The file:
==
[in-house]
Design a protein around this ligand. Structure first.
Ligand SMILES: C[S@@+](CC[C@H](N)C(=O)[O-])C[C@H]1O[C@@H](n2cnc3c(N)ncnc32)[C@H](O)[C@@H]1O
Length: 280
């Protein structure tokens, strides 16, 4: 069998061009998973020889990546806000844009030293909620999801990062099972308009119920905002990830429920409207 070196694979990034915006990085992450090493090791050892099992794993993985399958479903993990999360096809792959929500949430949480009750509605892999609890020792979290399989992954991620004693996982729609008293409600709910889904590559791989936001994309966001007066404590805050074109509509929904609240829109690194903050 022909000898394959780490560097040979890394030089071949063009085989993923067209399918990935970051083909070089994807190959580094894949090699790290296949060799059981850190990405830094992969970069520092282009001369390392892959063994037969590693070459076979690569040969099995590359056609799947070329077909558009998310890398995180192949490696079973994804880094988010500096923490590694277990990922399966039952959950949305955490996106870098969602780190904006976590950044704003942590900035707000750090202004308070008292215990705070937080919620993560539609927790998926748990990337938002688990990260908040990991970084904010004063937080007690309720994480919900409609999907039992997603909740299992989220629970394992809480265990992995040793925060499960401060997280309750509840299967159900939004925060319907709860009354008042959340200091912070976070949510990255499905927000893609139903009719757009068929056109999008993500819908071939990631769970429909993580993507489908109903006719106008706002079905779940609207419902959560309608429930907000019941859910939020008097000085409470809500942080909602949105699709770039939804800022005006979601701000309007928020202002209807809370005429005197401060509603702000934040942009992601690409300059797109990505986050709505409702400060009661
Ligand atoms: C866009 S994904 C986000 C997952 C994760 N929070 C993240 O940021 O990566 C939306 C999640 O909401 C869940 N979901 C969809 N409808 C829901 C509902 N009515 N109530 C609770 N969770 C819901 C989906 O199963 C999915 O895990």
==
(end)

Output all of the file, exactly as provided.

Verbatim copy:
[in-house]
Design a protein around this ligand. Structure first.
Ligand SMILES: C[S@@+](CC[C@H](N)C(=O)[O-])C[C@H]1O[C@@H](n2cnc3c(N)ncnc32)[C@H](O)[C@@H]1O
Length: 280
């Protein structure tokens, strides 16, 4: 069998061009998973020889990546806000844009030293909620999801990062099972308009119920905002990830429920409207 070196694979990034915006990085992450090493090791050892099992794993993985399958479903993990999360096809792959929500949430949480009750509605892999609890020792979290399989992954991620004693996982729609008293409600709910889904590559791989936001994309966001007066404590805050074109509509929904609240829109690194903050 022909000898394959780490560097040979890394030089071949063009085989993923067209399918990935970051083909070089994807190959580094894949090699790290296949060799059981850190990405830094992969970069520092282009001369390392892959063994037969590693070459076979690569040969099995590359056609799947070329077909558009998310890398995180192949490696079973994804880094988010500096923490590694277990990922399966039952959950949305955490996106870098969602780190904006976590950044704003942590900035707000750090202004308070008292215990705070937080919620993560539609927790998926748990990337938002688990990260908040990991970084904010004063937080007690309720994480919900409609999907039992997603909740299992989220629970394992809480265990992995040793925060499960401060997280309750509840299967159900939004925060319907709860009354008042959340200091912070976070949510990255499905927000893609139903009719757009068929056109999008993500819908071939990631769970429909993580993507489908109903006719106008706002079905779940609207419902959560309608429930907000019941859910939020008097000085409470809500942080909602949105699709770039939804800022005006979601701000309007928020202002209807809370005429005197401060509603702000934040942009992601690409300059797109990505986050709505409702400060009661
Ligand atoms: C866009 S994904 C986000 C997952 C994760 N929070 C993240 O940021 O990566 C939306 C999640 O909401 C869940 N979901 C969809 N409808 C829901 C509902 N009515 N109530 C609770 N969770 C819901 C989906 O199963 C999915 O895990």